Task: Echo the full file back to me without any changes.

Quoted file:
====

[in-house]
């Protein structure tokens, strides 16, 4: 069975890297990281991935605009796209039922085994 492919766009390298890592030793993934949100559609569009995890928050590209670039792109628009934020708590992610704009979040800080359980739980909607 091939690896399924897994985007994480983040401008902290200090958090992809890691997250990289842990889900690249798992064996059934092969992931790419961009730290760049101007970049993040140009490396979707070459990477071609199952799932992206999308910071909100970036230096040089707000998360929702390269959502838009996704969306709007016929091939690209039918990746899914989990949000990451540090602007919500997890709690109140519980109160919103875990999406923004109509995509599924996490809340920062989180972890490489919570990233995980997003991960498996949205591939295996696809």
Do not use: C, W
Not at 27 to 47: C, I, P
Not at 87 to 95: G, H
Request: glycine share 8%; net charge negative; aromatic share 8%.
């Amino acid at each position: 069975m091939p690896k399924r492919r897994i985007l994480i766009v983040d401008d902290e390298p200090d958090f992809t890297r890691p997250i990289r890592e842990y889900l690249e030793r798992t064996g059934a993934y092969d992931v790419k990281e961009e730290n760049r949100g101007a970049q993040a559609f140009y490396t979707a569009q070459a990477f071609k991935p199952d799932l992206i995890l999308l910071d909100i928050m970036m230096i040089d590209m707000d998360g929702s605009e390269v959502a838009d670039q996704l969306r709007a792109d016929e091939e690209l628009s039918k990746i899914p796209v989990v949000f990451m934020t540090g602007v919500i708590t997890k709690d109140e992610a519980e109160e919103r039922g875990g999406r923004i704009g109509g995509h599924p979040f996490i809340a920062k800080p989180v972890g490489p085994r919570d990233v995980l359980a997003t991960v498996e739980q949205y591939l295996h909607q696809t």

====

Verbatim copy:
[in-house]
């Protein structure tokens, strides 16, 4: 069975890297990281991935605009796209039922085994 492919766009390298890592030793993934949100559609569009995890928050590209670039792109628009934020708590992610704009979040800080359980739980909607 091939690896399924897994985007994480983040401008902290200090958090992809890691997250990289842990889900690249798992064996059934092969992931790419961009730290760049101007970049993040140009490396979707070459990477071609199952799932992206999308910071909100970036230096040089707000998360929702390269959502838009996704969306709007016929091939690209039918990746899914989990949000990451540090602007919500997890709690109140519980109160919103875990999406923004109509995509599924996490809340920062989180972890490489919570990233995980997003991960498996949205591939295996696809």
Do not use: C, W
Not at 27 to 47: C, I, P
Not at 87 to 95: G, H
Request: glycine share 8%; net charge negative; aromatic share 8%.
């Amino acid at each position: 069975m091939p690896k399924r492919r897994i985007l994480i766009v983040d401008d902290e390298p200090d958090f992809t890297r890691p997250i990289r890592e842990y889900l690249e030793r798992t064996g059934a993934y092969d992931v790419k990281e961009e730290n760049r949100g101007a970049q993040a559609f140009y490396t979707a569009q070459a990477f071609k991935p199952d799932l992206i995890l999308l910071d909100i928050m970036m230096i040089d590209m707000d998360g929702s605009e390269v959502a838009d670039q996704l969306r709007a792109d016929e091939e690209l628009s039918k990746i899914p796209v989990v949000f990451m934020t540090g602007v919500i708590t997890k709690d109140e992610a519980e109160e919103r039922g875990g999406r923004i704009g109509g995509h599924p979040f996490i809340a920062k800080p989180v972890g490489p085994r919570d990233v995980l359980a997003t991960v498996e739980q949205y591939l295996h909607q696809t």